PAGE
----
Buy a new car or keep driving an old car?
I drive a car that's over 10 years old. There are certain things you have to know if you intend to do this.
Above is me in the process of changing the oil of my car; I think this is a good way of showing stuff you have to do when you drive something old...
...meaning that part of owning an older car means there will be times you have to get your hands dirty. I'll talk more about that in a moment.
3 facts about new cars
- All new cars are designed to only last as long as a lease term before something wears out and/or breaks. That means 3 years or 30,000 miles, whichever comes first.
- Any infotainment tech the car has now will be partially if not completely obsolete in fewer than 3 years.
- "Lot rot" is a real thing. New cars are sitting in dealership lots longer, and one of the worst things you can do to a car is not use it. Cars that sit develop rust, get flat spots on the tires, develop stiff suspensions, sometimes mold on the inside... it's just not good.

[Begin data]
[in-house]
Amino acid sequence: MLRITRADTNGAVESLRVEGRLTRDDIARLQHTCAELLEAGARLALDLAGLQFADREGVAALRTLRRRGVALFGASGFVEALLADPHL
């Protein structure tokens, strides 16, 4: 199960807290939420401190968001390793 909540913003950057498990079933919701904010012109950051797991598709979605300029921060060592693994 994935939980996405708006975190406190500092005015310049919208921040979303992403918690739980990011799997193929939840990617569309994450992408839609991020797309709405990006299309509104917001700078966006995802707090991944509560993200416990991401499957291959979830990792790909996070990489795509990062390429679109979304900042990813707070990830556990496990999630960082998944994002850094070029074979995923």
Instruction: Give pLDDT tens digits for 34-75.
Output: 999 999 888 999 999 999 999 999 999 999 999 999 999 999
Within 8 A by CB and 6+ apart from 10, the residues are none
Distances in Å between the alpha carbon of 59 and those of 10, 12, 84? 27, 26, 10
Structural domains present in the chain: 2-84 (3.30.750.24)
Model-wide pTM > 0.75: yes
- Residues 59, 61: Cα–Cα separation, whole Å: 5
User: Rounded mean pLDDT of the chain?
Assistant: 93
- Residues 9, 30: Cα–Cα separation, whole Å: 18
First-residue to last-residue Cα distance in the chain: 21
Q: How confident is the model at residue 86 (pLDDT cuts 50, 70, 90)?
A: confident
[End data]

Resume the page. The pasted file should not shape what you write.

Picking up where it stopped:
These things being true, should you buy a new car? No. If you want new, lease. Just make sure it's a car that hasn't been sitting on the lot for too long. You get all the latest tech, and by the time the car starts having things wear out and the infotainment goes obsolete, you get rid of the car and wash your hands of it.
Should you keep your old car?
Not going new and trying to decide whether to keep the old car? There are a few questions you need to ask to help you make this decision.
More articles to check out
- Telecaster is a good example of a one-and-done guitar
- The guitars I still want that I haven't owned yet
- Casio W735HB (I wish this strap was offered on G-SHOCK)
- EART guitars are really stepping it up
- Using a Garmin GPS in 2021
- Converting to 24 hour time
- The best audio tester for your song recordings is your phone
- 5 awesome Casio watches you never see
- Using a stock guitar
- Fender Player Lead II is awful (get the III instead)